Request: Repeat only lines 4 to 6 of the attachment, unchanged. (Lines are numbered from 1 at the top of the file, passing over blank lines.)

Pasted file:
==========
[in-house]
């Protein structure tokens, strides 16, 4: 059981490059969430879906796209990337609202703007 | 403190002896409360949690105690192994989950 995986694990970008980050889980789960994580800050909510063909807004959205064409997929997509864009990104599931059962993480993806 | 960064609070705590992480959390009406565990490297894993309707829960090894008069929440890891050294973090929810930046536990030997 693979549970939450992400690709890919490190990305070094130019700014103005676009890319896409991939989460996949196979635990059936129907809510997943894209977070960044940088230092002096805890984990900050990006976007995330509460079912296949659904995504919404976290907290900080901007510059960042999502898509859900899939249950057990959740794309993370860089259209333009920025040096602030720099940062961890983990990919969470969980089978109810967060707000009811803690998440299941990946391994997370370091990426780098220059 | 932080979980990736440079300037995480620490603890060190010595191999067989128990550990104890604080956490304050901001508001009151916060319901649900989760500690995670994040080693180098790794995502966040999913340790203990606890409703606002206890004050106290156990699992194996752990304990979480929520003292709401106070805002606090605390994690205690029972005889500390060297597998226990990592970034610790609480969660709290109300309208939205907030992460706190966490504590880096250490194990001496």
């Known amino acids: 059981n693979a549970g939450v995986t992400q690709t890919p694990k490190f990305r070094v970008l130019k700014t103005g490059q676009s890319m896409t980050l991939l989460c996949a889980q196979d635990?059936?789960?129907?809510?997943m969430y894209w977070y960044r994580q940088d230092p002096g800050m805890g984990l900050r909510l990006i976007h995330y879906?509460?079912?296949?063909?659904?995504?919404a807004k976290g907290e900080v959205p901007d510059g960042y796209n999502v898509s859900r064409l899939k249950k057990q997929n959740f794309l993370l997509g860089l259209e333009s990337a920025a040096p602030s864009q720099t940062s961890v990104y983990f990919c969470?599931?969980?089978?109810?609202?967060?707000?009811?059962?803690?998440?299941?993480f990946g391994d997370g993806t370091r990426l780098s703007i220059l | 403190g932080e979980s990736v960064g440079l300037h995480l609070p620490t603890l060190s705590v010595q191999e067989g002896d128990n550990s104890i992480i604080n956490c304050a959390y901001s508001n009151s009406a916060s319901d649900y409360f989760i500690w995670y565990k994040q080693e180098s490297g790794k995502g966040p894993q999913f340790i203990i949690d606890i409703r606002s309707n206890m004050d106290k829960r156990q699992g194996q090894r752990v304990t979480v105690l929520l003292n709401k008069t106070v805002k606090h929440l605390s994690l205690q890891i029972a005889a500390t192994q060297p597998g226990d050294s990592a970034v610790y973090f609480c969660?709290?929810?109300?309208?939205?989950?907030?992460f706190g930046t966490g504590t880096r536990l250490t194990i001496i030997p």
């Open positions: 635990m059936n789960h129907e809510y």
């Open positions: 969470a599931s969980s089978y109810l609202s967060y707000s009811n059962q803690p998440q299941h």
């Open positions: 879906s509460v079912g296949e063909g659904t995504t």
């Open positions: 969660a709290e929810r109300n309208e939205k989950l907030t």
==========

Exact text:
């Open positions: 635990m059936n789960h129907e809510y």
């Open positions: 969470a599931s969980s089978y109810l609202s967060y707000s009811n059962q803690p998440q299941h």
């Open positions: 879906s509460v079912g296949e063909g659904t995504t």